The Mindful Way through the Semester: Evaluating the feasibility of delivering an acceptance-based behavioral program online

Alison L. Sagon, Sara B. Danitz, Michael K. Suvak, & Susan M. Orsillo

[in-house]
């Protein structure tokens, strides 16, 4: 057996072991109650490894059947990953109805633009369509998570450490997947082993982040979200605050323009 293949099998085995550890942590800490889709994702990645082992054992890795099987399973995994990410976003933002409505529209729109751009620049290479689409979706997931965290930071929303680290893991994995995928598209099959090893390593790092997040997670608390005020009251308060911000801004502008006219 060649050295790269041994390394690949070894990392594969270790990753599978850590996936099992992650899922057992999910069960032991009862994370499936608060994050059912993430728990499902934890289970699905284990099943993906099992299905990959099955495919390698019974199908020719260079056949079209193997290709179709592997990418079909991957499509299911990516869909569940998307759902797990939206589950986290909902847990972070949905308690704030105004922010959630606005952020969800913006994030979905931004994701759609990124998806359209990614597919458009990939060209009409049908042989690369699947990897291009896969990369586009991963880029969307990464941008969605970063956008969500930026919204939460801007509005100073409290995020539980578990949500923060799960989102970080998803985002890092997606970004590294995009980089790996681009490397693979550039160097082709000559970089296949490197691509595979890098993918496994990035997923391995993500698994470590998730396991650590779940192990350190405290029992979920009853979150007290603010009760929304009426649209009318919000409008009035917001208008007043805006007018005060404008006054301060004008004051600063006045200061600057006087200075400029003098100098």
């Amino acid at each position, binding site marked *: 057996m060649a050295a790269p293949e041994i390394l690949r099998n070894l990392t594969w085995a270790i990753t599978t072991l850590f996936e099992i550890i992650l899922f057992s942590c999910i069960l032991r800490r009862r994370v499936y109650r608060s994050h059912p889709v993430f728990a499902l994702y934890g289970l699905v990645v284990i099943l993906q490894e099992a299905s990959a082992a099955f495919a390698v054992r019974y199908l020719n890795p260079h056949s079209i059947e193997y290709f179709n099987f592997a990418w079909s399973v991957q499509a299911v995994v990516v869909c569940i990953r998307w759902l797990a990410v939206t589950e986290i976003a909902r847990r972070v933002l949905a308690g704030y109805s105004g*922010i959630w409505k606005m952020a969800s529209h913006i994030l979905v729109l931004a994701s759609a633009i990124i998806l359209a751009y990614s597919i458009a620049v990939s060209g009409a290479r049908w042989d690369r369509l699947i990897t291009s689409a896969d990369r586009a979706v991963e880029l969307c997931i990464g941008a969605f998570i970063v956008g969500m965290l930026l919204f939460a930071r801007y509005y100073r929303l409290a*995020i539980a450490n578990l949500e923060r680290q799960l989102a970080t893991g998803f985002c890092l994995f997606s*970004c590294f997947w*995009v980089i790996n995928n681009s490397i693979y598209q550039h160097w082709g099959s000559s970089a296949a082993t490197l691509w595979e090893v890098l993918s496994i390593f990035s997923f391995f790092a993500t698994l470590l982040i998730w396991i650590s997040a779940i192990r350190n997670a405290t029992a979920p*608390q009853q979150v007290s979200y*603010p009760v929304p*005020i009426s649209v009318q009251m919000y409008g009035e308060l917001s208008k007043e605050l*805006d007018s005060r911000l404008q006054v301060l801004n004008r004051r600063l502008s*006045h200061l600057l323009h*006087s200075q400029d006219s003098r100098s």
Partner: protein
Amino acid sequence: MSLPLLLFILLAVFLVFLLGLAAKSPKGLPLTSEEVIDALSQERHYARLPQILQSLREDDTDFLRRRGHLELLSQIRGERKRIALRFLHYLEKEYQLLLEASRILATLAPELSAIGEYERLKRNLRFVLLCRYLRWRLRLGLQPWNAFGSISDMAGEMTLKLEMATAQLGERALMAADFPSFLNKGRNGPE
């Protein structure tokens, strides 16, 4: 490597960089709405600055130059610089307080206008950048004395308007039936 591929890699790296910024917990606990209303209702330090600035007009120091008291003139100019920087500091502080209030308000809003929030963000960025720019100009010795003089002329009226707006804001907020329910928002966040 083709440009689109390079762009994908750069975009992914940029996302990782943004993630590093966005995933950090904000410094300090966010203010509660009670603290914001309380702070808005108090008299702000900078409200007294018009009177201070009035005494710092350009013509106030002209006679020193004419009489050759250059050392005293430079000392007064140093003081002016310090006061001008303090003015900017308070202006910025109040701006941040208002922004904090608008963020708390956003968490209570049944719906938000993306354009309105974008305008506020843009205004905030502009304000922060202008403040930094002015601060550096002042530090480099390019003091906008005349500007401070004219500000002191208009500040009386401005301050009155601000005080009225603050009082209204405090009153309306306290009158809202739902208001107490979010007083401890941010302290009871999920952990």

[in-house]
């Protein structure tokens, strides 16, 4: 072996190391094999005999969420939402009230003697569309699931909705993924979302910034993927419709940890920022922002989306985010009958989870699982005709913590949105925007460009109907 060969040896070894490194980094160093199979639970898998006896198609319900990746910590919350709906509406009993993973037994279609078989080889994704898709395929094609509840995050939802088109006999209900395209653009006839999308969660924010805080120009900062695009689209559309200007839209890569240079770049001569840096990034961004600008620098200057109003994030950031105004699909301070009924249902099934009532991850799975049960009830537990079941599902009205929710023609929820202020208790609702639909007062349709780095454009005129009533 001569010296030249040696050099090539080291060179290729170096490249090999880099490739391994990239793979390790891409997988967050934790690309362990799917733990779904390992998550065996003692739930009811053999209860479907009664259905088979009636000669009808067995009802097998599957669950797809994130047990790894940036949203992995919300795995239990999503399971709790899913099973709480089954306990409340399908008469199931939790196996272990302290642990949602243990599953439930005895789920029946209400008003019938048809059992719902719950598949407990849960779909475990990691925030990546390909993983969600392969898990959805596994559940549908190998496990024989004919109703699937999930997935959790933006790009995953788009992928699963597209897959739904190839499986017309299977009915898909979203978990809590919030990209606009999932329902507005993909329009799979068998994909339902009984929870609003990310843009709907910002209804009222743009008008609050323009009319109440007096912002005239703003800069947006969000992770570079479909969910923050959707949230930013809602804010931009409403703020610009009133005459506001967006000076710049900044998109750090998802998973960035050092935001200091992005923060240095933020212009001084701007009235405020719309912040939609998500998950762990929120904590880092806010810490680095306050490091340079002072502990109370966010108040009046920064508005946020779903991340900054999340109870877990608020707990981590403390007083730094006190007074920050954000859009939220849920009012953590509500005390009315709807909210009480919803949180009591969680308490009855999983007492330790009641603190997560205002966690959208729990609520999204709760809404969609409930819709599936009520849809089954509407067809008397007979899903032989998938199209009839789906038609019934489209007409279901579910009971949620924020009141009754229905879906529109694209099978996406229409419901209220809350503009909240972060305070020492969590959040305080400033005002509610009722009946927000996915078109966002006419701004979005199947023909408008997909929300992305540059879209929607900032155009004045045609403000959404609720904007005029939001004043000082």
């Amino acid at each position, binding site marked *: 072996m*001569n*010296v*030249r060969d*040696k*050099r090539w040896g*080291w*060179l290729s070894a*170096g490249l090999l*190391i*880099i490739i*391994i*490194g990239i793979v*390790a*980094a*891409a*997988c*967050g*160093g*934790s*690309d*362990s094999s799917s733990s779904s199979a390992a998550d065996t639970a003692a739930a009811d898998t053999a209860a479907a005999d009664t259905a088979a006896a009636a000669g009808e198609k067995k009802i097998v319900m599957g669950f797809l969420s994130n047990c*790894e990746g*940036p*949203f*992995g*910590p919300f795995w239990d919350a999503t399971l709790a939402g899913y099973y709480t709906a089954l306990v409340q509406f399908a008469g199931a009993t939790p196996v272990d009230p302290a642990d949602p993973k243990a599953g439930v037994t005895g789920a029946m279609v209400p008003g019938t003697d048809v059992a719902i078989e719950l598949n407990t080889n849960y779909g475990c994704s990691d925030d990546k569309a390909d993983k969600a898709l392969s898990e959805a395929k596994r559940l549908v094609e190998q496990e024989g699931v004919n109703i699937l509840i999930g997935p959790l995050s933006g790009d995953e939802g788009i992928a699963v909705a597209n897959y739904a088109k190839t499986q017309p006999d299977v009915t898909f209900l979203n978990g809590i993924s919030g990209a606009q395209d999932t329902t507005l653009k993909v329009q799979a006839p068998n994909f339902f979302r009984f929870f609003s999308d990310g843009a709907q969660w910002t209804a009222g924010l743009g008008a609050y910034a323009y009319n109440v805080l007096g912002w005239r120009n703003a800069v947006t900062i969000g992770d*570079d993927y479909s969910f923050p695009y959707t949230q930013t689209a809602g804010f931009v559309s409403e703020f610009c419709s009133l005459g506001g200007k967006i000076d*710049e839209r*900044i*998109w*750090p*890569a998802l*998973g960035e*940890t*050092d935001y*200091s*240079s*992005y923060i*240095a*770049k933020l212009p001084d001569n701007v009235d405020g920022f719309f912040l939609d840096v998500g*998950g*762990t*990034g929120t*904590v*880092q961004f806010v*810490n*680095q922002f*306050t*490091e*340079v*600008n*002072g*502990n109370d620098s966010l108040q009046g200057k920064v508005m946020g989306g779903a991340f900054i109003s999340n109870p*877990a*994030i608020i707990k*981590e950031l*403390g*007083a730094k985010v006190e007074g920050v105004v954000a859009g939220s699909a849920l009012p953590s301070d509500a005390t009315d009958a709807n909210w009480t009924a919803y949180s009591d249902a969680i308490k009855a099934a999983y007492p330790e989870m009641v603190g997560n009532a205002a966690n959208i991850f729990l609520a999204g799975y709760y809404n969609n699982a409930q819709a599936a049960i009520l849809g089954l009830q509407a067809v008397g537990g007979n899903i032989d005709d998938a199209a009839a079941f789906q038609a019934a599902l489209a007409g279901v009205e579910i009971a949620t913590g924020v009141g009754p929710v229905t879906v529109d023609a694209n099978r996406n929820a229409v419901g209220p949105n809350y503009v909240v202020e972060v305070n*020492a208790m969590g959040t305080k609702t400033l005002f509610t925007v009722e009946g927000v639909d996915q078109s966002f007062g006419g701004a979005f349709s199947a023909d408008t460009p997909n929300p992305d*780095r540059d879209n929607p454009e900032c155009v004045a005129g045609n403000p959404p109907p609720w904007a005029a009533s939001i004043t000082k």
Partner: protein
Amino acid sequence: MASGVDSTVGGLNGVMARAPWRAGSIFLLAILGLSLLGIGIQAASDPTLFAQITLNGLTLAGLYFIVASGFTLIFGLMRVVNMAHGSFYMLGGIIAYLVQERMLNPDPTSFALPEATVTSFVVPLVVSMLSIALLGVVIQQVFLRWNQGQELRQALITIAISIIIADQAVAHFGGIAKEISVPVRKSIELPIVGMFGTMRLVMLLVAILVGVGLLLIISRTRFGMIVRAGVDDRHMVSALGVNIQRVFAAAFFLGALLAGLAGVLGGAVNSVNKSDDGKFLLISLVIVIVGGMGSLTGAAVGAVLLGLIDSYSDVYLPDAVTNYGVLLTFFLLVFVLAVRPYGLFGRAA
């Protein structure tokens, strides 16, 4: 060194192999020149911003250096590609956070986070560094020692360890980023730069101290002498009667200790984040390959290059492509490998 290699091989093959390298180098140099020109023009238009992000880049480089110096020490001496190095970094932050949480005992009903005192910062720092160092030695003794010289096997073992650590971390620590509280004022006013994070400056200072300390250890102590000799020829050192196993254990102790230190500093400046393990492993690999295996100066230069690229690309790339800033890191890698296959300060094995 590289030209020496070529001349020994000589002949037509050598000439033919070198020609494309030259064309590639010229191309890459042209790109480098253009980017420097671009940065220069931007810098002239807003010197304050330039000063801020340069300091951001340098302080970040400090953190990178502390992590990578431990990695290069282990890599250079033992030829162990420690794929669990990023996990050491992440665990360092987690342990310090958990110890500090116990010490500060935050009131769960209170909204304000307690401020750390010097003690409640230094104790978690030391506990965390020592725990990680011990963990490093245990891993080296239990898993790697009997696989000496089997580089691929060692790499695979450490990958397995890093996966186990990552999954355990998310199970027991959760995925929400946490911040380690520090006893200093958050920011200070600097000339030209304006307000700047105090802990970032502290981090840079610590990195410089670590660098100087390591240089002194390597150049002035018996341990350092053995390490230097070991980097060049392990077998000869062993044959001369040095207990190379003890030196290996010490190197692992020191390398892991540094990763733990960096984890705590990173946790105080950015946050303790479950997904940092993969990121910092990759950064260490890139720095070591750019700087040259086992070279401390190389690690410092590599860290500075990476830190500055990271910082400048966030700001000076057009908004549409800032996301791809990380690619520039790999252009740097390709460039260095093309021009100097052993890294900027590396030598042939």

Promoting mental health, preventing the development of depression, and providing treatment to first-year college students are crucial areas in need of attention and resources. Online programs may be a cost-effective and efficient way to reach a large numbers of students who may not otherwise seek out mental health services. We tested the feasibility and efficacy of an online version of a previously studied acceptance-based behavioral (ABBT) program, the Mindful Way through the Semester (MWTS), for decreasing levels of depression and enhancing acceptance in first year college students. The current study also sought to examine the impact of engagement in mindfulness and values practice on depression, as well as to replicate the finding that change in acceptance is associated with change in depression. This study also examined whether students' participation in the workshop was associated with improvements in depression in comparison to the control condition. One hundred three students were randomly assigned to either the online MWTS workshop condition or the waitlist control condition (in which the students were not contacted until follow-up). Results revealed that the workshop did not significantly affect depression or acceptance. However, changes in acceptance were negatively associated with changes in depression (i.e., larger increases in acceptance were associated with larger decreases in depression) across conditions. Lastly, level of engagement in mindfulness and values practice was significantly associated with decreases in depression in the workshop condition. Implications of these findings for future interventions are discussed.

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